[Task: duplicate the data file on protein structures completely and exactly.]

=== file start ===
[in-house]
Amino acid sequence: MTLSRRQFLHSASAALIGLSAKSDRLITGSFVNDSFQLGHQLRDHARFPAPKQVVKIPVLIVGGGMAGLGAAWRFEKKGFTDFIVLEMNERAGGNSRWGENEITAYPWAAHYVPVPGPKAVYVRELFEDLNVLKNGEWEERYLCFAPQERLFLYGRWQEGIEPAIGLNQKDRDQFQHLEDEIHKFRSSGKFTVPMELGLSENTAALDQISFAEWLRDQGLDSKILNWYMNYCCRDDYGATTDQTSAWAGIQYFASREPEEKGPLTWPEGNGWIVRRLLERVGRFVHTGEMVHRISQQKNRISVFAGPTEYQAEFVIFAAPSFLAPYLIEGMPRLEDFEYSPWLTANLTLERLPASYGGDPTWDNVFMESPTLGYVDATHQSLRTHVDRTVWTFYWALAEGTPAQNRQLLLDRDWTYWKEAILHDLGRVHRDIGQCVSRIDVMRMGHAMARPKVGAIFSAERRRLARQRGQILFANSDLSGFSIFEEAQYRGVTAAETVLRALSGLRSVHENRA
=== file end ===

[in-house]
Amino acid sequence: MTLSRRQFLHSASAALIGLSAKSDRLITGSFVNDSFQLGHQLRDHARFPAPKQVVKIPVLIVGGGMAGLGAAWRFEKKGFTDFIVLEMNERAGGNSRWGENEITAYPWAAHYVPVPGPKAVYVRELFEDLNVLKNGEWEERYLCFAPQERLFLYGRWQEGIEPAIGLNQKDRDQFQHLEDEIHKFRSSGKFTVPMELGLSENTAALDQISFAEWLRDQGLDSKILNWYMNYCCRDDYGATTDQTSAWAGIQYFASREPEEKGPLTWPEGNGWIVRRLLERVGRFVHTGEMVHRISQQKNRISVFAGPTEYQAEFVIFAAPSFLAPYLIEGMPRLEDFEYSPWLTANLTLERLPASYGGDPTWDNVFMESPTLGYVDATHQSLRTHVDRTVWTFYWALAEGTPAQNRQLLLDRDWTYWKEAILHDLGRVHRDIGQCVSRIDVMRMGHAMARPKVGAIFSAERRRLARQRGQILFANSDLSGFSIFEEAQYRGVTAAETVLRALSGLRSVHENRA